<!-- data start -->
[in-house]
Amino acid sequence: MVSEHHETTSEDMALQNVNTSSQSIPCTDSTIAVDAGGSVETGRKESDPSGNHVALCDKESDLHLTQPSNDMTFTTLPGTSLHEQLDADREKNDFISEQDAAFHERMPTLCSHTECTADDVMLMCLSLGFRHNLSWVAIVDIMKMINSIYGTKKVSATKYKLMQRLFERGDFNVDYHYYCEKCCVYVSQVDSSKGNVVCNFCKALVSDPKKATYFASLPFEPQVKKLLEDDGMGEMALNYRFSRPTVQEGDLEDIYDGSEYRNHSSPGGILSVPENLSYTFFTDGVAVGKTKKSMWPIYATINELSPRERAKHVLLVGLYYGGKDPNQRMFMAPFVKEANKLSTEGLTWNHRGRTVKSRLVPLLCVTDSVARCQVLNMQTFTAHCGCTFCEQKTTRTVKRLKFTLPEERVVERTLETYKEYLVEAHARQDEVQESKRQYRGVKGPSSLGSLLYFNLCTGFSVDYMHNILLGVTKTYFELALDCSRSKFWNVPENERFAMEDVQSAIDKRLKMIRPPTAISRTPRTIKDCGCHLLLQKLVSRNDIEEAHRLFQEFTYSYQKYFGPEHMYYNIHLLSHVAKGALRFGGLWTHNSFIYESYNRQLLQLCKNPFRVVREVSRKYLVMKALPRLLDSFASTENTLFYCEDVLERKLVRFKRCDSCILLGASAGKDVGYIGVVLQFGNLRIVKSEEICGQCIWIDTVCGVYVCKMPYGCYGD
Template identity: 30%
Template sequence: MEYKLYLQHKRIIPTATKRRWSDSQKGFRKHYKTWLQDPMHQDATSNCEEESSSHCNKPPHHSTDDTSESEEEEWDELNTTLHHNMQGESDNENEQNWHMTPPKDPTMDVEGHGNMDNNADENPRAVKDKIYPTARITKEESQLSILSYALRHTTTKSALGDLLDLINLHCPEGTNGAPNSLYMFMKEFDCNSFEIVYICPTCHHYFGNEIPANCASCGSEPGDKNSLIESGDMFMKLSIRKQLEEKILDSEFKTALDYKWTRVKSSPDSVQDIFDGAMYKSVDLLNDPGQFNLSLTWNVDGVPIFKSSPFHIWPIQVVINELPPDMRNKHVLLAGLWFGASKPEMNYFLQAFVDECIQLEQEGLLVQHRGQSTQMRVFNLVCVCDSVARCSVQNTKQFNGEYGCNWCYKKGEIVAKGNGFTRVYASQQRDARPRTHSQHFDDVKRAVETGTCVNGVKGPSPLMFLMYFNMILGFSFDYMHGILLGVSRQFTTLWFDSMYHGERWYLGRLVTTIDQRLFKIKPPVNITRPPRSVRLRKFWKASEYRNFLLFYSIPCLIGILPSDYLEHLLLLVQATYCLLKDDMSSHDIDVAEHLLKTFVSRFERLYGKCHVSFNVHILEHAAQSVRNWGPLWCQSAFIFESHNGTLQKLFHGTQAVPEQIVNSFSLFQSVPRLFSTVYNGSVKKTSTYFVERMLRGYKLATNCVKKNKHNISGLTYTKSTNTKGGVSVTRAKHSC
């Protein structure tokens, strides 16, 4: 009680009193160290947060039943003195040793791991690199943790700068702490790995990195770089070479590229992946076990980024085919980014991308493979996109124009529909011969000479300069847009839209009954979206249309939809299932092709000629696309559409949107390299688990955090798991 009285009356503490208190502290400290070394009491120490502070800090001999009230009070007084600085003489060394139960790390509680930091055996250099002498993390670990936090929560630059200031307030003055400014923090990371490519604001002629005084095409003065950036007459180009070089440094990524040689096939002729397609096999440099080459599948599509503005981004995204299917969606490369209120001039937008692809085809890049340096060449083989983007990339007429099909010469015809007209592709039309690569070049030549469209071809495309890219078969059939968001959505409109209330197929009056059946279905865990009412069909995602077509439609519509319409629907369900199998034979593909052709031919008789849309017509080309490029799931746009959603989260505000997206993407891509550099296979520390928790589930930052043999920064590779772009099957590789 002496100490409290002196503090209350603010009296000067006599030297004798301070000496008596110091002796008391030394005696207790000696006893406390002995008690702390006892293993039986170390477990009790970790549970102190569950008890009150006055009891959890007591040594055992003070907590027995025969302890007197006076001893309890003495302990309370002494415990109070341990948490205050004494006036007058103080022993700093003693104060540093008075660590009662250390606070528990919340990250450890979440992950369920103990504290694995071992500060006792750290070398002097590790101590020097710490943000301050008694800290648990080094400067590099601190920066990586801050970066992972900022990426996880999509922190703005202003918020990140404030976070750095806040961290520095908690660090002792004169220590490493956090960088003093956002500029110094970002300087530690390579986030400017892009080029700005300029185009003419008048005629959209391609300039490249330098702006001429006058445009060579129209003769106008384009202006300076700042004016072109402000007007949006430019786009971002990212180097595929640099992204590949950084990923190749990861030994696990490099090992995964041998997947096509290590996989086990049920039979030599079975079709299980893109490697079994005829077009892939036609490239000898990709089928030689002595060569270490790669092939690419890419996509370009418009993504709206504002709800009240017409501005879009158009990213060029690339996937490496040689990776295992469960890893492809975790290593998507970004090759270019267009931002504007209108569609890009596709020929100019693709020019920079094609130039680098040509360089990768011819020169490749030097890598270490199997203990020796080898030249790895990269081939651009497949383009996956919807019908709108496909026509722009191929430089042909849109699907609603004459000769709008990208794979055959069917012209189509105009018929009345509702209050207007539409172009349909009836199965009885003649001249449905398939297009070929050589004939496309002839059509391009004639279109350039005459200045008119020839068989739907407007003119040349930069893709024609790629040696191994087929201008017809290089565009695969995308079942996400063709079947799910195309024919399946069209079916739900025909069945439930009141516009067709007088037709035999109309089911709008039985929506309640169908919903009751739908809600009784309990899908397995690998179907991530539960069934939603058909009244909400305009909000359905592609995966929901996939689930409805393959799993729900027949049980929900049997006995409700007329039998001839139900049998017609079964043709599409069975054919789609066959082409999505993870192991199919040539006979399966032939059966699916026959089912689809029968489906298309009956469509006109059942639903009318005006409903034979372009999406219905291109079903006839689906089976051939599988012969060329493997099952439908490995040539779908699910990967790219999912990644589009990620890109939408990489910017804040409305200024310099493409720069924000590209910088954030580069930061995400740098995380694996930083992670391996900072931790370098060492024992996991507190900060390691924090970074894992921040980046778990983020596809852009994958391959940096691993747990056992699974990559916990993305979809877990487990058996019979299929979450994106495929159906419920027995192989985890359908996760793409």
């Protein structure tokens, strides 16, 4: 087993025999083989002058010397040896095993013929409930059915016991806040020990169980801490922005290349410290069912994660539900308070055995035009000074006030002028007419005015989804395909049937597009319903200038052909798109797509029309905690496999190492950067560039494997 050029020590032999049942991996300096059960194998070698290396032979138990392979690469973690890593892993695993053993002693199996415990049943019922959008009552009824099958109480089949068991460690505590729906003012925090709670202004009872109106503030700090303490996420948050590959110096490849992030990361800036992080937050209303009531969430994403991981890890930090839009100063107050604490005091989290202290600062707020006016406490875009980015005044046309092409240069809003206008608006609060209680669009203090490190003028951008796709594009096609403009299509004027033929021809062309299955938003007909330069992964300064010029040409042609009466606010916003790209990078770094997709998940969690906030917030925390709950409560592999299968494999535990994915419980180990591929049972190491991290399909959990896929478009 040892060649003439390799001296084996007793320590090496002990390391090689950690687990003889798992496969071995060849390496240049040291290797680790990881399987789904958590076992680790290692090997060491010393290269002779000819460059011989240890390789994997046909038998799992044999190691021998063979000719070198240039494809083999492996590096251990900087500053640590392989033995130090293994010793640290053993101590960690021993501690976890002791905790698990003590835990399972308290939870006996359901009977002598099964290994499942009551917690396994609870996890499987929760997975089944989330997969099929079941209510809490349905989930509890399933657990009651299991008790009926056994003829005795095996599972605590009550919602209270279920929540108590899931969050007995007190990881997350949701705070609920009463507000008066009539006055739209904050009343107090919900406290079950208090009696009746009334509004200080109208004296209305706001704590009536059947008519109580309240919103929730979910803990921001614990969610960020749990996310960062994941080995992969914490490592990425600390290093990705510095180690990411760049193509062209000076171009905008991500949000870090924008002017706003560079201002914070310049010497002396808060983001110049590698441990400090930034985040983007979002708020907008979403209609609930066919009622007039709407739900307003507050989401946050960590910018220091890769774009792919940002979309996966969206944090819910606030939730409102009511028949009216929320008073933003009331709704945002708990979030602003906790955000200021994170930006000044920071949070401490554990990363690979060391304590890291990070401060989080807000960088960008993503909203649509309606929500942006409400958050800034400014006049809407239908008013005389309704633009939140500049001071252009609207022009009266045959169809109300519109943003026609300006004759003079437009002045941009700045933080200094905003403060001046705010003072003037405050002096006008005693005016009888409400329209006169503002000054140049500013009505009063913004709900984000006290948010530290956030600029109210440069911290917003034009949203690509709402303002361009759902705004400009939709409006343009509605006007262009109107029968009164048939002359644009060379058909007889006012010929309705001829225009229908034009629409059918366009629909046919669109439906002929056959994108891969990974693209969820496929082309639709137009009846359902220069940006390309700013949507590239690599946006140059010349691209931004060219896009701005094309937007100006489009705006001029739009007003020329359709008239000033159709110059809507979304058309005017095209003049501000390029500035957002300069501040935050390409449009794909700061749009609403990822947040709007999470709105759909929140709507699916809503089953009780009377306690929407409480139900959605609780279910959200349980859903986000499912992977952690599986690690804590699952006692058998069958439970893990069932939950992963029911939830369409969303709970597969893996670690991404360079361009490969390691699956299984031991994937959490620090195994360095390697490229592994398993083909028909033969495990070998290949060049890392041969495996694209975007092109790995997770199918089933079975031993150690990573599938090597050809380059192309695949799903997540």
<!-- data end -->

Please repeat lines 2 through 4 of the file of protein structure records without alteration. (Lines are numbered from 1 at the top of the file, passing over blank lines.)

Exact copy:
Amino acid sequence: MVSEHHETTSEDMALQNVNTSSQSIPCTDSTIAVDAGGSVETGRKESDPSGNHVALCDKESDLHLTQPSNDMTFTTLPGTSLHEQLDADREKNDFISEQDAAFHERMPTLCSHTECTADDVMLMCLSLGFRHNLSWVAIVDIMKMINSIYGTKKVSATKYKLMQRLFERGDFNVDYHYYCEKCCVYVSQVDSSKGNVVCNFCKALVSDPKKATYFASLPFEPQVKKLLEDDGMGEMALNYRFSRPTVQEGDLEDIYDGSEYRNHSSPGGILSVPENLSYTFFTDGVAVGKTKKSMWPIYATINELSPRERAKHVLLVGLYYGGKDPNQRMFMAPFVKEANKLSTEGLTWNHRGRTVKSRLVPLLCVTDSVARCQVLNMQTFTAHCGCTFCEQKTTRTVKRLKFTLPEERVVERTLETYKEYLVEAHARQDEVQESKRQYRGVKGPSSLGSLLYFNLCTGFSVDYMHNILLGVTKTYFELALDCSRSKFWNVPENERFAMEDVQSAIDKRLKMIRPPTAISRTPRTIKDCGCHLLLQKLVSRNDIEEAHRLFQEFTYSYQKYFGPEHMYYNIHLLSHVAKGALRFGGLWTHNSFIYESYNRQLLQLCKNPFRVVREVSRKYLVMKALPRLLDSFASTENTLFYCEDVLERKLVRFKRCDSCILLGASAGKDVGYIGVVLQFGNLRIVKSEEICGQCIWIDTVCGVYVCKMPYGCYGD
Template identity: 30%
Template sequence: MEYKLYLQHKRIIPTATKRRWSDSQKGFRKHYKTWLQDPMHQDATSNCEEESSSHCNKPPHHSTDDTSESEEEEWDELNTTLHHNMQGESDNENEQNWHMTPPKDPTMDVEGHGNMDNNADENPRAVKDKIYPTARITKEESQLSILSYALRHTTTKSALGDLLDLINLHCPEGTNGAPNSLYMFMKEFDCNSFEIVYICPTCHHYFGNEIPANCASCGSEPGDKNSLIESGDMFMKLSIRKQLEEKILDSEFKTALDYKWTRVKSSPDSVQDIFDGAMYKSVDLLNDPGQFNLSLTWNVDGVPIFKSSPFHIWPIQVVINELPPDMRNKHVLLAGLWFGASKPEMNYFLQAFVDECIQLEQEGLLVQHRGQSTQMRVFNLVCVCDSVARCSVQNTKQFNGEYGCNWCYKKGEIVAKGNGFTRVYASQQRDARPRTHSQHFDDVKRAVETGTCVNGVKGPSPLMFLMYFNMILGFSFDYMHGILLGVSRQFTTLWFDSMYHGERWYLGRLVTTIDQRLFKIKPPVNITRPPRSVRLRKFWKASEYRNFLLFYSIPCLIGILPSDYLEHLLLLVQATYCLLKDDMSSHDIDVAEHLLKTFVSRFERLYGKCHVSFNVHILEHAAQSVRNWGPLWCQSAFIFESHNGTLQKLFHGTQAVPEQIVNSFSLFQSVPRLFSTVYNGSVKKTSTYFVERMLRGYKLATNCVKKNKHNISGLTYTKSTNTKGGVSVTRAKHSC